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Watchdog loses again in challenge to slush fund

By: Phillip Bantz//February 1, 2013

Watchdog loses again in challenge to slush fund

By: Phillip Bantz//February 1, 2013

Octogenarian government watchdog Edward “Ned” Sloan Jr. has hit another roadblock in his legal battle against a Greenville County slush fund.

Sloan and his longtime attorney, James G. Carpenter, have argued since the mid-1990s that the county violated its own code by letting county councilors use money from an account for road repairs and other infrastructure projects in their districts without first obtaining consent from the council as a whole.

Now, the South Carolina Court of Appeals has denied their petition for rehearing after reversing a lower court ruling in their favor. In the wake of the Jan. 23 setback, Carpenter said that he and Sloan were considering whether they would ask the state Supreme Court to review the case.

“If this decision stands,” said Carpenter, who has an eponymous firm in Greenville, “then it would appear that Greenville County has carte blanche to continue unlawfully delegating legislative authority to individual council members.”

Sloan, a retired paving contractor who founded the S.C. Public Interest Foundation and has made a hobby out of suing the government, first went after the county over its slush fund in 1996. He lost a bench trial two years later but filed a second suit in 2006, again arguing that the fund was illegal.

And this time he prevailed – the circuit court found that the fund did, in fact, unlawfully give legislative authority to individual councilors and also awarded Sloan attorney’s fees, which Carpenter estimated at about $60,000.

But Sloan’s victory was short-lived. The S.C. Court of Appeals reversed the trial court’s order in August 2012 on the grounds that the suit was barred by the doctrine of res judicata, which says you can’t bring the same suit twice.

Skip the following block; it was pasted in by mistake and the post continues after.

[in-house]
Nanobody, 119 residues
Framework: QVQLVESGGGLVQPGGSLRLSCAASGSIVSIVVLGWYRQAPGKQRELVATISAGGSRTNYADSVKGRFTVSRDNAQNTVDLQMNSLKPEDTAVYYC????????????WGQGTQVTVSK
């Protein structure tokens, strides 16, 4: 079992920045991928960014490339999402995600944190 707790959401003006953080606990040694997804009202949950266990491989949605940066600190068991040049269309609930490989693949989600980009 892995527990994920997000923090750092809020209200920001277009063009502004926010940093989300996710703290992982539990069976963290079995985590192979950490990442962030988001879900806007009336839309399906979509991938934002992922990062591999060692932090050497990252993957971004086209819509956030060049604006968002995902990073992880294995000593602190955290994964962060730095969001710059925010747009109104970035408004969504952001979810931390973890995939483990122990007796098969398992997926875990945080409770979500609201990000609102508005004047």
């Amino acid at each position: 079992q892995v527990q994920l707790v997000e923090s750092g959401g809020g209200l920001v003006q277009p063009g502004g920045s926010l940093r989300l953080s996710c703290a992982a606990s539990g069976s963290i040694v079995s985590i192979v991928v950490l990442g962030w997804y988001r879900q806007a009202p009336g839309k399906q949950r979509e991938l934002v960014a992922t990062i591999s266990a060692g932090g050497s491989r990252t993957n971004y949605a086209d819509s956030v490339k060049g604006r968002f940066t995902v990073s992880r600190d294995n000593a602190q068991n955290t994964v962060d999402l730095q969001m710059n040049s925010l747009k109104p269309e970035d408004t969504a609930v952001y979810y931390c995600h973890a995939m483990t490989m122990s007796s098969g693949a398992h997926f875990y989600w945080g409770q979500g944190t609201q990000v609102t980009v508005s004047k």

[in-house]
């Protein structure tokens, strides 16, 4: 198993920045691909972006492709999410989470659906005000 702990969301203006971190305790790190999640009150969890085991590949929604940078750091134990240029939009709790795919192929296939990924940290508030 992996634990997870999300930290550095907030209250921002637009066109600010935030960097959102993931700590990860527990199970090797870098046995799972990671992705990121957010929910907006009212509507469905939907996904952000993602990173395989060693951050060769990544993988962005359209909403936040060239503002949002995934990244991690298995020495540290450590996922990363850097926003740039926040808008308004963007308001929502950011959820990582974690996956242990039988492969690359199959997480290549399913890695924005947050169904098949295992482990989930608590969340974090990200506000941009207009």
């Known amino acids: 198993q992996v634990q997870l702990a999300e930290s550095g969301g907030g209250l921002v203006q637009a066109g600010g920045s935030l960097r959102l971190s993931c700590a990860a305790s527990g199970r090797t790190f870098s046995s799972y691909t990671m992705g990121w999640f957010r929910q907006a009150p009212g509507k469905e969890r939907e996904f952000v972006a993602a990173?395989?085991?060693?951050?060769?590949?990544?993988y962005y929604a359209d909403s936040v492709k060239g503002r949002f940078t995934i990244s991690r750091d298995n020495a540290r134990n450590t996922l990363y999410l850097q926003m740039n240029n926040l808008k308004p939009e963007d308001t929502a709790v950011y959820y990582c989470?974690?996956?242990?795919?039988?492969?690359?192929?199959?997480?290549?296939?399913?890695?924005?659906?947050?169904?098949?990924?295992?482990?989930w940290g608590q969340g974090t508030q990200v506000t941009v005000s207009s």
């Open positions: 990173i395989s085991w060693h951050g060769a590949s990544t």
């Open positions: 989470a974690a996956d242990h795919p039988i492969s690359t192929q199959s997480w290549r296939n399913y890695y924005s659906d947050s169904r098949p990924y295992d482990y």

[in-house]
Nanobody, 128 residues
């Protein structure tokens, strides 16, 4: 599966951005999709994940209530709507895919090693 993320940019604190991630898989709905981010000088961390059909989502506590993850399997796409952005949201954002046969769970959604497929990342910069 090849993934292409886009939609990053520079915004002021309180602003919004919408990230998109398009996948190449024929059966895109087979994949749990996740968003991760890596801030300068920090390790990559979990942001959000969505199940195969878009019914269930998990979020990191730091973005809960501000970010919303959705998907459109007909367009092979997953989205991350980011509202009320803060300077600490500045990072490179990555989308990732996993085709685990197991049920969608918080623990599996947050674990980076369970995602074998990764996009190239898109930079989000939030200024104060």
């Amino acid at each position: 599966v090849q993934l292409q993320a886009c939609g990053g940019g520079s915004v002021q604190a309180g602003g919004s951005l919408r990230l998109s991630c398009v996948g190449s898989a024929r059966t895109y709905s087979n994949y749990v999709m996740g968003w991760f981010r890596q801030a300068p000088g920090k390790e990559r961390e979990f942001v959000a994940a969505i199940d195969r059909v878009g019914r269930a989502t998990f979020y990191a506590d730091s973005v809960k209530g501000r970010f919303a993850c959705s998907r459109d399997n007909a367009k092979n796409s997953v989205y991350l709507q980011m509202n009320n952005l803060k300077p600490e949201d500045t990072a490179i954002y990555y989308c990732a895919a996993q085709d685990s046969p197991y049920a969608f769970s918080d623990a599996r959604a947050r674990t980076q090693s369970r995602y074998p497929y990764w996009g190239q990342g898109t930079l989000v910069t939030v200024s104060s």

In his petition for rehearing, Sloan contended that the doctrine didn’t apply because the two slush fund suits focused on the county’s actions during different fiscal years. The circuit court allowed the second action to go forward based on the U.S. Supreme Court’s 1948 ruling in an income tax liability case, Commissioner of Internal Revenue v. Sunnen.

But in rejecting Sloan’s rehearing petition, the Court of Appeals said the lower court misapplied Sunnen since the holding “is not binding outside of the tax context.” Casting aside his assertion that different years give rise to different actions, the court concluded that Sloan’s claims remained the same in both of his suits.

“In the present action, [Sloan’s] complaint challenges the legality of the practice underlying these expenditures, i.e., use of the Council Reserves account as a delegation of legislative authority to individual Council members, a practice continuing from year to year since the 1994-1995 fiscal year,” Judge John D. Geathers wrote for the unanimous appellate panel.

Had the court sided with Sloan, its ruling would have significantly narrowed the scope of res judicata, said an attorney for the county, Boyd B. Nicholson Jr. of Greenville’s Haynsworth Sinkler Boyd.

“If all you need to have is a different year,” he said, “then res judicata would cease to exist as it relates to a governmental body for all practical purposes.”

The Court of Appeals did not address the legality of the county’s slush fund. However, after the trial court ruled in Sloan’s favor, the county stopped allowing councilors to withdraw money from discretionary spending accounts for infrastructure projects.

The 16-page decision is Sloan v. Greenville County (Lawyers Weekly No. 011-009).  The full text of the ruling can be found at



Case name: Sloan v. Greenville County

Court: S.C. Court of Appeals

Judge: John D. Geathers, with Daniel F. Pieper and Jasper M. Cureton concurring

Attorneys for appellant: Boyd B. Nicholson Jr. and Bonnie A. Lynch (Greenville)

Attorneys for respondent: James G. Carpenter and Jennifer J. Miller (Greenville)

Issue: Did the trial court err in determining that the doctrine of res judicata did not bar a plaintiff’s second lawsuit alleging that Greenville County created an illegal slush fund?

Holding: Yes, because the plaintiff’s underlying claim was the same in both actions.

Potential effect: Multiple suits arising from different fiscal years can be barred by res judicata if the claims are redundant.


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